Greenery-filled courtyards and waffle ceilings bring light to the interiors of this concrete restaurant, which Vector Architects has erected near the shore of Beidaihe, China.

Restaurant y Sea has been designed by Vector Architects with a series of permeable dining spaces which are meant to turn the blocky concrete building into a pavilion-like open structure.

Restaurant y Sea by Vector Architects

The restaurant is the final instalment of the Seashore Series, a trilogy of buildings that the practice has been erecting along a stretch of sand in the popular beach resort of Beidaihe since 2015.

It joins the Seashore Library, which features a board-marked concrete facade, and the pitch-roofed Seashore Chapel, which is raised up above the water on concrete stilts.

Restaurant y Sea by Vector Architects

“We’re expecting these three public spaces to act as engines to stimulate the energy and spirit of the neighbourhood, which has been largely lost during the recent decades of Chinese urbanization,” the practice told Dezeen.

“We initiated the design of the restaurant by investigating how to create a coexisting relationship with the mighty, solid library volume. The library is a spiritual place with a clear boundary.”

“As for the restaurant, we intend to establish a dispersed and more casual everyday atmosphere,” it added.

Restaurant y Sea by Vector Architects

The top of the restaurant has therefore been punctuated with large square openings that form a series of internal courtyards, each centred by a tall leafy tree that rises up through the building’s roof.

Sunlight also filters through glass-topped recessions in the gridded ceiling, which together form a waffle-like effect.

“The dining space becomes animated with the flickering of light and shadow, cultivating another dimension of indirect engagement between space and nature,” explained the practice.

Restaurant y Sea by Vector Architects

Large panels of glazing have been inserted in the surrounding walls, allowing the ocean waves to serve as a backdrop. These can be slid back during the warm summer months to “cause the spatial boundary to disappear”.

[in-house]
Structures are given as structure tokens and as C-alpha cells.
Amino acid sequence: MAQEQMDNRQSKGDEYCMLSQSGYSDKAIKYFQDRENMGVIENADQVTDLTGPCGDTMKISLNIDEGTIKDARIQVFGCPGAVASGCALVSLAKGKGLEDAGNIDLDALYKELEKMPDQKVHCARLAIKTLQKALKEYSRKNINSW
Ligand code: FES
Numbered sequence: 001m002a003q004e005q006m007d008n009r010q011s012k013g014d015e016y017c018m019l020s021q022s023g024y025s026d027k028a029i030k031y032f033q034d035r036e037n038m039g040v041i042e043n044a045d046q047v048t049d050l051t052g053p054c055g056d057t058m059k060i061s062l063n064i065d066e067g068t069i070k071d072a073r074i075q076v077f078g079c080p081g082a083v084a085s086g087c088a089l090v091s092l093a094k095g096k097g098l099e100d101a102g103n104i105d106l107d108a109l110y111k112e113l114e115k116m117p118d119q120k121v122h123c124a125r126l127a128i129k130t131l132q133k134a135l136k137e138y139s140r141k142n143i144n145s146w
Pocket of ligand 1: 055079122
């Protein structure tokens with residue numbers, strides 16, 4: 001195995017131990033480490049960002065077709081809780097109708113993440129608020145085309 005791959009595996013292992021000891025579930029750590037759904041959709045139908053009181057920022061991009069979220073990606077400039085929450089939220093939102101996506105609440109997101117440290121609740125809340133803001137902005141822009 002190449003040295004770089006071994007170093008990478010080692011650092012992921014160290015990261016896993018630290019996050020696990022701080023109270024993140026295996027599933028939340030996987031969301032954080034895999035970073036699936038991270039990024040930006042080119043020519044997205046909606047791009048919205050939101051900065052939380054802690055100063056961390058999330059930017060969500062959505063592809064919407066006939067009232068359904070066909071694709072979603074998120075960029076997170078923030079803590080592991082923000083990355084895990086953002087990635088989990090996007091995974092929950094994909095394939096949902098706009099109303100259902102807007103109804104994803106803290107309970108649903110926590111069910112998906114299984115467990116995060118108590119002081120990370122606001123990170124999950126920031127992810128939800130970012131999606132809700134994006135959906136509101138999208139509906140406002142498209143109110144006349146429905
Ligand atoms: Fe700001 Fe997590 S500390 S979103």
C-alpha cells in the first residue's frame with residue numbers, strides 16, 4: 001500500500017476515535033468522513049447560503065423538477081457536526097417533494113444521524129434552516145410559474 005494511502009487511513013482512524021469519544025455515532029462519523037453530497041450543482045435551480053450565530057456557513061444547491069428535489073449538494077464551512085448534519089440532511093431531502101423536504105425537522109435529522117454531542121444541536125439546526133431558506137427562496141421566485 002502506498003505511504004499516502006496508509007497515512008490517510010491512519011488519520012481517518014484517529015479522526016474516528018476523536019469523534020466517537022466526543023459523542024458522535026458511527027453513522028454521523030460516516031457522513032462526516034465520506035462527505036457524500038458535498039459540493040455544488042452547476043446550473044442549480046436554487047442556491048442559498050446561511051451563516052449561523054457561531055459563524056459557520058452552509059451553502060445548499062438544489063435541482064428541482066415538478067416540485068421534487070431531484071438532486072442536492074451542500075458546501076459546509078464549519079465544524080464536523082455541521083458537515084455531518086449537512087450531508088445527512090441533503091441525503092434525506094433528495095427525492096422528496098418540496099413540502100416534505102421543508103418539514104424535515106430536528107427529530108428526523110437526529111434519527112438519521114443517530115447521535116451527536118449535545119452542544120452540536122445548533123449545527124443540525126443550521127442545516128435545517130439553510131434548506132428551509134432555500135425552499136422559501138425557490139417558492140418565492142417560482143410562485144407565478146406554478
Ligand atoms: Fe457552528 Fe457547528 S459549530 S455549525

To add to the open atmosphere of the restaurant, the practice also ensured there was no set entrance door.

Visitors can instead stroll from various points into a lobby-like area underneath the building’s overhanging roof, before being guided by staff into the main dining area.

Restaurant y Sea by Vector Architects

Beijing-based designer Frank Chou was tasked with creating the restaurant’s furnishings. Brass dining tables have been dotted throughout, surrounded by chairs with striped metal backs.

Diners can also opt to sit at more casual seating areas dressed with blue sofas and rounded pink armchairs.

Restaurant y Sea by Vector Architects

Vector Architects was founded in 2008 by architect Dong Gong and is based in Beijing. It isn’t the only practice that’s attempted to bring the outdoors into dining spaces.

Plat Asia fronted a restaurant in Qinhuangdao with expansive panels of glass to provide customers with uninterrupted views of surrounding Chinese woodland, while Kientruc O lined the peripheries of an eatery in Ho Chi Minh City with tropical plants.

Photography is by Su Shengliang and Chen Hao.


Project credits:

Architecture, interior and landscape design: Vector Architects
Principal architect: Gong Dong
Project architect: Kai Zhang
Design/construction management: Chen Liu, Dongping Sun
Design team: Xiaokai Ma, Cunyu Jiang, Peng Zhang
Site architect: Zhao Zhang, Dan Tu
Structural and MEP engineering: China Academy of Building Research
Structural consultant: Congzhen Xiao, Dewen Chu
Lighting consultant: X Studio, School of Architecture, Tsinghua University

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